- Retweeting and mentioning others’ work will build your follower base.
- Talk more about others than about yourself!
“How To” headlines garner greater traffic than many other Tweets and increase click-throughs in links:
This tweet above not only makes great use of the magical “How to” phrase to attract click-throughs, but it also employs great hashtags for searchability.
Format: Note the linked article is positioned near the middle, and the searchable hashtag terms appear at the end. If you find a tweet hard to read because every other word has a hashtag in front of it, you are not alone. Judicious use of hashtags is important for success. If you can’t read it, no one else will either!
Numbered headlines (below) grab attention and garner click-throughs to links. Just imagine how effective this tweet would be to you without the “10” at the beginning. (Not great, eh?)
Add Flourishes to Your Tunes
Now that you’ve got the hang of numbered headlines, “how to’s” and retweets, it’s time to put together all these notes into your own songs. (Yes, I am assuming you have your own content on your blog or website to share through tweets.)
This particular tweet regularly attracts new followers for me:
As marketing and advertising are keystones of my business, I create content about the best I find from others (and use only about 10% or less of my own content as my overall total tweets). I use this loose formula to shoutout praise about various ads I find that work extremely well and are clever in design and execution.
Format: Note that I use a combination of special characters ( :#()> ) to draw eye attention. (With hundreds of tweets flying by in any person’s twitter feed every minute, every character becomes important in creating an impression to gain a click-through.) Second, I use forward-referencing characters “:” and “>” to keep the eye focused. Use of “<>” often denotes the tweeter’s personal comment on the content near the beginning or end of the message.
Repeat Great Songs Before Tweeting a Full Symphony
If you’ve been practicing these new skills above, I’m willing to bet it’s crossed your mind that it’s taken a lot of effort to get the hang of it. And now you’re wondering how on earth you could ever tweet as creatively and as frequently as many of those you’ve been following since you began.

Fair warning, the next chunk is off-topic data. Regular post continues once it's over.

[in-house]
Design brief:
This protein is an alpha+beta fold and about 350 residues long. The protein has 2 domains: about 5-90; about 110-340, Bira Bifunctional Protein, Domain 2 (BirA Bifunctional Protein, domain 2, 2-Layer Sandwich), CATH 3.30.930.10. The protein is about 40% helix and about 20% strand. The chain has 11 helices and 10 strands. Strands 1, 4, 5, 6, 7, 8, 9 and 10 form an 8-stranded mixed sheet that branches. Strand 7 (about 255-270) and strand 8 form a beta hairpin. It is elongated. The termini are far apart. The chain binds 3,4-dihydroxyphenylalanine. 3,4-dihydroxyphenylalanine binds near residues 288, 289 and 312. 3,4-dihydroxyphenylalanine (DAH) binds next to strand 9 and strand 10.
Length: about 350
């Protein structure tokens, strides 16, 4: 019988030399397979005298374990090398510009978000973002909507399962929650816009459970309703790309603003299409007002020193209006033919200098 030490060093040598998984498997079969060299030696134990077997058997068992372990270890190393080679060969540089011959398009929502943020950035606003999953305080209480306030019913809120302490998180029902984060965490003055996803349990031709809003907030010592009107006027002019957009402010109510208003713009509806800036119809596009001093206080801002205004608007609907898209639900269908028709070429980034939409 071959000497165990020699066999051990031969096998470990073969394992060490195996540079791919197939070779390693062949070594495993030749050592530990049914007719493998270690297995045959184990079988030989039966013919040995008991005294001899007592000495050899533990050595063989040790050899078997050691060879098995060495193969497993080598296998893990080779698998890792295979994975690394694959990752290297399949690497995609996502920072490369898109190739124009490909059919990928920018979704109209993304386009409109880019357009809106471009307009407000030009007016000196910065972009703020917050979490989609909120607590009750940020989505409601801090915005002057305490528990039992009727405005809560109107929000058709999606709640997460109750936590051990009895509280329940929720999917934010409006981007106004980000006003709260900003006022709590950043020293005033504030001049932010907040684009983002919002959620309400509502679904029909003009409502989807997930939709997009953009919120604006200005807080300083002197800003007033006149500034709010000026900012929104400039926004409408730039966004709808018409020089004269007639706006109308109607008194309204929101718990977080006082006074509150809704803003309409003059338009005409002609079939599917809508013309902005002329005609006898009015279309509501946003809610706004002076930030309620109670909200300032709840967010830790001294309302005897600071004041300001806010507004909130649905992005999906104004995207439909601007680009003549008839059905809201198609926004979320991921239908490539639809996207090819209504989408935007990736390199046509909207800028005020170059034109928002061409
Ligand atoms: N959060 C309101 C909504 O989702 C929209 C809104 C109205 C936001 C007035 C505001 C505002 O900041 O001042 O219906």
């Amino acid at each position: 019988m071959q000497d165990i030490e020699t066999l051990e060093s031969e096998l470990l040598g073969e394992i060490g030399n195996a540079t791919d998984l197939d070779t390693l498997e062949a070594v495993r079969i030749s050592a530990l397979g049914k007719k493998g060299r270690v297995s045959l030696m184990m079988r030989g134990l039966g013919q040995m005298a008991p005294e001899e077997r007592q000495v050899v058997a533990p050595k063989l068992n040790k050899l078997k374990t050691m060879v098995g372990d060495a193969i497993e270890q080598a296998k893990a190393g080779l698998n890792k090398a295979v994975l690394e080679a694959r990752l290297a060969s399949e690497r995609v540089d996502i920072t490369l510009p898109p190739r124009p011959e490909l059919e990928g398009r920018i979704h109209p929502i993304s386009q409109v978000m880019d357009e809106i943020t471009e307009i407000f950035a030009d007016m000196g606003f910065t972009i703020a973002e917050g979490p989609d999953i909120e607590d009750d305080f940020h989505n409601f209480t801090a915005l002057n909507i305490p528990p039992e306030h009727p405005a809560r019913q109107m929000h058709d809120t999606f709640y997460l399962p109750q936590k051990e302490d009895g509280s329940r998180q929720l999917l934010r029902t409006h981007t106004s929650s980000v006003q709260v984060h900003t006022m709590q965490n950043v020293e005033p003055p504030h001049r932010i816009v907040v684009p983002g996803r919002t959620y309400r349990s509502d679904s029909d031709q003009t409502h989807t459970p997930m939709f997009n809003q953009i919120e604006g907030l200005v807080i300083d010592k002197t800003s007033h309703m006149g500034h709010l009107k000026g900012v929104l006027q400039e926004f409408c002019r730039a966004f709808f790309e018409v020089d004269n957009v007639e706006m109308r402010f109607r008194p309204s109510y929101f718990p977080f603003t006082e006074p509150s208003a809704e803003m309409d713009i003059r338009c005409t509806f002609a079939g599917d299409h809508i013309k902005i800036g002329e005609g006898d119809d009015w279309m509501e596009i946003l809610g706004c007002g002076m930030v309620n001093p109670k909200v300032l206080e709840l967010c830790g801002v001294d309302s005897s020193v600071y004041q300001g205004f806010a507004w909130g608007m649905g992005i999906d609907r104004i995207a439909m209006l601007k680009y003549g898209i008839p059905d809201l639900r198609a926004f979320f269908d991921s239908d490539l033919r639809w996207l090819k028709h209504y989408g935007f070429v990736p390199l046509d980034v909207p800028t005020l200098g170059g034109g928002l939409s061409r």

There is a secret to it.
First, a tweet’s life is shorter than a mosquito’s. Therefore, in order to be remembered, in order to be seen by the maximum number of followers, it must be seen frequently. A one-time tweet about the blog post or e-book you just spent a dozen hours preparing won’t garner the attention it deserves.
Second, repetition is b-o-r-i-n-g. If you’ve been following anyone who repeats the same message day in and day out, you probably want to unfollow them (if you haven’t already). Variety is the spice of life. So your tweets must contain a great deal of variety all day long to gain attention.
Finally, combine frequency with variety. If you want to come off like the Mozart of the Twittersphere, you need to combine frequent repetition of your tweets with a variety of content. Remember the best composers repeated the same melodic theme over and over, first with the violins then perhaps the French horn. Later, the flutes picked up the theme in a different key and changed its tempo.
You, too, must compose your repeating content tweets with slight variations. In fact, Twitter requires it. It prohibits spam-tweeting the same message over and over. The Twitter algorithm requires you to vary, at minimum, at least one character from tweet to tweet. One benefit of this is reducing the possibility of boring (or pissing off) your followers who watch their feed carefully.
Use Hootsuite or TweetDeck to program in Tweet #1 upwards of three or more times per day for the first week. Vary the times of day. Vary the articles (“a” and “the”), prepositions, adjectives and so on in each tweet so that each appears slightly different from its predecessor.
Next, program in Tweet #2 for only once or twice per day for every other day. Repeat this pattern with content Tweets #3 and #4. Soon enough you will have several weeks of various tweets pre-programmed to blast out throughout the day while you go about your day-to-day business!
Just don’t forget to reply to all those @Mentions, RTs and new follows that come your way for having such remarkable content!
If you’re already tweeting, tell me what strategies or tools have worked best for you.